Torture is a story that almost writes itself. No one wants to be its victim, but it happens. As for the torturers, there is no placebo in mind when they punch the clock. No doubt if is one captured in war or caught up in ethnic cleaning the prospect of torture looms large. So, that begs the question why should one want to read about torture and its legacy — I think when a polemic subject is well researched with new first sources into a fascinating page-turner. Cullen Murphy’s book God’s Jury joins a growing historical niche and adding adventure — told part travelogue part research and all investigative journalism. I even discovered torture’s real appeal to its inventors.
I received an advance reading copy of God’s Jury: The Inquisition and the Making of the Modern World (publication date 1/17/12) written by the same author of the widely acclaimed and prized Are We Rome? — Cullen Murphy editor-at-large for Vanity Fair magazine. And in his book Murphy takes us inside the Inquisition and its patners in crime. There was not “one” Inquisition but at least four. We learn that there is more than one way to skin a non-Catholic. The Spanish Inquisition famous for its Jewish hunt, the non converts left among them and the crypto-Jews who were converts in name only — continuing to practice Judaism is the one most oft cited.
Medievalism may conjure images of monasticism, romance and knights to modern minds, but for the huddled masses which deflect crushing poverty it was a time when the great men were popes, kings, queens, and the lesser men: clergy, the “urban intellectual” (often the impoverished peripatetic professor), craftsman and farmers. Yes, the 1% and the 99% as well as torture have always been with us.
Inquisitions support torture and Murphy defines its hallmarks: “…any inquisition is a set of disciplinary procedures targeting specific groups, codified in law, organized systemically, enforced by surveillance, exemplified by severity, sustained over time, backed by institutional power, and justified by a vision of the one true path.” In today’s lingo, Inquisitions are probably the purest form of “hate crimes.”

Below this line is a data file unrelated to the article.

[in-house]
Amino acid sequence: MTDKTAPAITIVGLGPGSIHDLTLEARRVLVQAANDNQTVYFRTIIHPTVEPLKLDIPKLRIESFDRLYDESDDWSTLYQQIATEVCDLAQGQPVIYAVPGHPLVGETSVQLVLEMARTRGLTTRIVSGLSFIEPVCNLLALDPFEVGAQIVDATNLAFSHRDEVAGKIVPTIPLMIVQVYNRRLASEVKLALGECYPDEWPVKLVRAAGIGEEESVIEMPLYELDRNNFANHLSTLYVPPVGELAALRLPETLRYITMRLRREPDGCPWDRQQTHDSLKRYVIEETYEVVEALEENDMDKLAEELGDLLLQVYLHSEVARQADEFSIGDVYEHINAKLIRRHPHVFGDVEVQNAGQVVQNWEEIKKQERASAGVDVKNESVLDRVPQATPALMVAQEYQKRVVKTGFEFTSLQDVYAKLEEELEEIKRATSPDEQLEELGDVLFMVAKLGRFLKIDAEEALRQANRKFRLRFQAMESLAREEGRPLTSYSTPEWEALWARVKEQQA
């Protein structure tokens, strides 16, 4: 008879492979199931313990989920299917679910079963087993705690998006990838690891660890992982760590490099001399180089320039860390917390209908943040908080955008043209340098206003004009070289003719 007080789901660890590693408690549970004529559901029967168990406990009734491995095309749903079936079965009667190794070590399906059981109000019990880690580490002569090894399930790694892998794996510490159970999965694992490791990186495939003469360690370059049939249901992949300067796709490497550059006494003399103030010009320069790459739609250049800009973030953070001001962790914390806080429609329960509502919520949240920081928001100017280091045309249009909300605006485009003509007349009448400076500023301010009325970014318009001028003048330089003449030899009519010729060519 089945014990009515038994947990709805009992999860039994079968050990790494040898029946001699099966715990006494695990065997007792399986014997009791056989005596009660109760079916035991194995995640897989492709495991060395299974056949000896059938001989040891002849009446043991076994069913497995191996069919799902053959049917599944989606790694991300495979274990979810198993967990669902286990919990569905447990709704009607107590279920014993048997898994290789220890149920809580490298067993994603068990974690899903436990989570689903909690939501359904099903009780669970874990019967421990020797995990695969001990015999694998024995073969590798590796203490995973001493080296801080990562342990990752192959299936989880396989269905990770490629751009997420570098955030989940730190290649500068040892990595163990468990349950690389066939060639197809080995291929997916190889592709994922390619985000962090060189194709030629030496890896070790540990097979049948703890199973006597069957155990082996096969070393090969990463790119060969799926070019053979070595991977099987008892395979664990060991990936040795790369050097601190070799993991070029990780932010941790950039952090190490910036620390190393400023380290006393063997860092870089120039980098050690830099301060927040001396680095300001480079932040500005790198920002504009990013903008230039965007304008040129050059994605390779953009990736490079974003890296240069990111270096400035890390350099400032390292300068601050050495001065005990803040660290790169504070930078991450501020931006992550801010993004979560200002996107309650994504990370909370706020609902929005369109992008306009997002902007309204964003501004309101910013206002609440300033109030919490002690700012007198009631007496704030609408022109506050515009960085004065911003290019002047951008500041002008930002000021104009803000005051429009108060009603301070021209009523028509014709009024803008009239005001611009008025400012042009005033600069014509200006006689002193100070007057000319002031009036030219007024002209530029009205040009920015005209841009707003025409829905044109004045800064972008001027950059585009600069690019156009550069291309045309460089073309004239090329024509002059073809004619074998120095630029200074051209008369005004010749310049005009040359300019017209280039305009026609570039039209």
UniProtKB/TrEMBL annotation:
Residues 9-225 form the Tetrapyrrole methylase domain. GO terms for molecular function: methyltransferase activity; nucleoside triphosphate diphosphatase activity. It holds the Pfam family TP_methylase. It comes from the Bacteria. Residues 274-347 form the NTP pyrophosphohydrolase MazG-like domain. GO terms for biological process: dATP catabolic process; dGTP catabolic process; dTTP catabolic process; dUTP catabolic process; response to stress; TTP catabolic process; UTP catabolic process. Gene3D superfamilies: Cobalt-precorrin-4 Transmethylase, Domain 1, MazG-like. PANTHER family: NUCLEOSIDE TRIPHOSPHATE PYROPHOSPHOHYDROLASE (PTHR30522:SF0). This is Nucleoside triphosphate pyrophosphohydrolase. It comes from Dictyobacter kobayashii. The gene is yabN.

Crimes against humanity are easy to perpetrate on illiterate masses and the Medieval Catholic Church took full advantage. Then it was a veritable and shameful “pay for pray.” That meant that only those authorized to sell the stock of the day could do so. Anyone else caught hawking “heresy” was instant fodder for the Papal torture-mill made up of God’s jury. It was also a time you had to be Catholic or convert, true spiritual monopoly. And it was imbedded into standard operating procedures — that went unchallenged. The papal trail was closed to the non initiate. But the box which held the match and kindle wood was open.
The creation of the inquisition began innocently enough when “in 1231 Pope Gregory IX issued two documents that effectively created what we know as the Inquisition…Rome would pick specially trained clerics to serve as inquisitors — primarily of the Dominican Order, but also Franciscans.” The inquisitor was judge, confessor and jury all rolled into one. For this reviewer, Cullen Murphy is a modern-day Paul Revere reading his way through some of the darkest hours in human history. Warning us that the harbinger of torture remains whether in media metaphor or acted out in the well-maintained holds of Guantánamo bay.
Using the charm offensive he dazzles the reader with his command of the facts and the research doors which were opened to him at the Vatican in Rome. It’s all assembled in a masterpiece of conviction that is fodder for the jet set or the desk set — a must-read book that is part Da Vinci Code and part picturesque Provencal post card.